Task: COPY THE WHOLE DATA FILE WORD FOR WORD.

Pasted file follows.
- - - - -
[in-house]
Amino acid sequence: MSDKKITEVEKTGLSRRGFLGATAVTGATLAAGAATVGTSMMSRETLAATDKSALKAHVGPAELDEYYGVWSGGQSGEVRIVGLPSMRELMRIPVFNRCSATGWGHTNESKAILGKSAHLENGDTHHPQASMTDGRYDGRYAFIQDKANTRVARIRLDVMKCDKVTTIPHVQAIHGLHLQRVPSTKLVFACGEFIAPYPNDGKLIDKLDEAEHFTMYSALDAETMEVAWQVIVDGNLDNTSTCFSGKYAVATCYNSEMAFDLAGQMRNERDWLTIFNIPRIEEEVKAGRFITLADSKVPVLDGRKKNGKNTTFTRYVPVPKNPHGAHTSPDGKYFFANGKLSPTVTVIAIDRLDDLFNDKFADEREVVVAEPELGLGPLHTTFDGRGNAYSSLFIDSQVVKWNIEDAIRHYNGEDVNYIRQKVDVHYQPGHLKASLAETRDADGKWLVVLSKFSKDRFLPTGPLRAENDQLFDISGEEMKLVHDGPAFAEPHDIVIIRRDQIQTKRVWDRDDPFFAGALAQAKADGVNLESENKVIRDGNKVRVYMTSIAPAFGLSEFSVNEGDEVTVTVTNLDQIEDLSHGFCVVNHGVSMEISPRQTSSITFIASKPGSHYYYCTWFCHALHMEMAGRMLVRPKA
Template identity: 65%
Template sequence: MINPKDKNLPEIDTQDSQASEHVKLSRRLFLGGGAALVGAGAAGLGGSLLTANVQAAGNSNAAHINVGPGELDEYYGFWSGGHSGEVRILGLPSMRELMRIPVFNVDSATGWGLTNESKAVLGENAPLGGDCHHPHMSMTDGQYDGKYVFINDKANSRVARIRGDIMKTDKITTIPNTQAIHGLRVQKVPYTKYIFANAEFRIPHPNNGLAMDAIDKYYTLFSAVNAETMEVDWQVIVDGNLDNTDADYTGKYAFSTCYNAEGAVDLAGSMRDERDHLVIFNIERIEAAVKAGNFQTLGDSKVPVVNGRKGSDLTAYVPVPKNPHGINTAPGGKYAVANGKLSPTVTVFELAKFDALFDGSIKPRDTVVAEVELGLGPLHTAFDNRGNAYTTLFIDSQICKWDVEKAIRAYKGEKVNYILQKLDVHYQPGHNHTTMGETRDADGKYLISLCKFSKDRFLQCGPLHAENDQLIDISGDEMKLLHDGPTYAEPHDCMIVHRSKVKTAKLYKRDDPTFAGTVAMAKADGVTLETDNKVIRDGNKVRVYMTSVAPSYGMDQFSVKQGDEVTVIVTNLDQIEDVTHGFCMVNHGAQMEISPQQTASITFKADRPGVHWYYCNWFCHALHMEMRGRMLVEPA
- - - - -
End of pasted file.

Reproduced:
[in-house]
Amino acid sequence: MSDKKITEVEKTGLSRRGFLGATAVTGATLAAGAATVGTSMMSRETLAATDKSALKAHVGPAELDEYYGVWSGGQSGEVRIVGLPSMRELMRIPVFNRCSATGWGHTNESKAILGKSAHLENGDTHHPQASMTDGRYDGRYAFIQDKANTRVARIRLDVMKCDKVTTIPHVQAIHGLHLQRVPSTKLVFACGEFIAPYPNDGKLIDKLDEAEHFTMYSALDAETMEVAWQVIVDGNLDNTSTCFSGKYAVATCYNSEMAFDLAGQMRNERDWLTIFNIPRIEEEVKAGRFITLADSKVPVLDGRKKNGKNTTFTRYVPVPKNPHGAHTSPDGKYFFANGKLSPTVTVIAIDRLDDLFNDKFADEREVVVAEPELGLGPLHTTFDGRGNAYSSLFIDSQVVKWNIEDAIRHYNGEDVNYIRQKVDVHYQPGHLKASLAETRDADGKWLVVLSKFSKDRFLPTGPLRAENDQLFDISGEEMKLVHDGPAFAEPHDIVIIRRDQIQTKRVWDRDDPFFAGALAQAKADGVNLESENKVIRDGNKVRVYMTSIAPAFGLSEFSVNEGDEVTVTVTNLDQIEDLSHGFCVVNHGVSMEISPRQTSSITFIASKPGSHYYYCTWFCHALHMEMAGRMLVRPKA
Template identity: 65%
Template sequence: MINPKDKNLPEIDTQDSQASEHVKLSRRLFLGGGAALVGAGAAGLGGSLLTANVQAAGNSNAAHINVGPGELDEYYGFWSGGHSGEVRILGLPSMRELMRIPVFNVDSATGWGLTNESKAVLGENAPLGGDCHHPHMSMTDGQYDGKYVFINDKANSRVARIRGDIMKTDKITTIPNTQAIHGLRVQKVPYTKYIFANAEFRIPHPNNGLAMDAIDKYYTLFSAVNAETMEVDWQVIVDGNLDNTDADYTGKYAFSTCYNAEGAVDLAGSMRDERDHLVIFNIERIEAAVKAGNFQTLGDSKVPVVNGRKGSDLTAYVPVPKNPHGINTAPGGKYAVANGKLSPTVTVFELAKFDALFDGSIKPRDTVVAEVELGLGPLHTAFDNRGNAYTTLFIDSQICKWDVEKAIRAYKGEKVNYILQKLDVHYQPGHNHTTMGETRDADGKYLISLCKFSKDRFLQCGPLHAENDQLIDISGDEMKLLHDGPTYAEPHDCMIVHRSKVKTAKLYKRDDPTFAGTVAMAKADGVTLETDNKVIRDGNKVRVYMTSVAPSYGMDQFSVKQGDEVTVIVTNLDQIEDVTHGFCMVNHGAQMEISPQQTASITFKADRPGVHWYYCNWFCHALHMEMRGRMLVEPA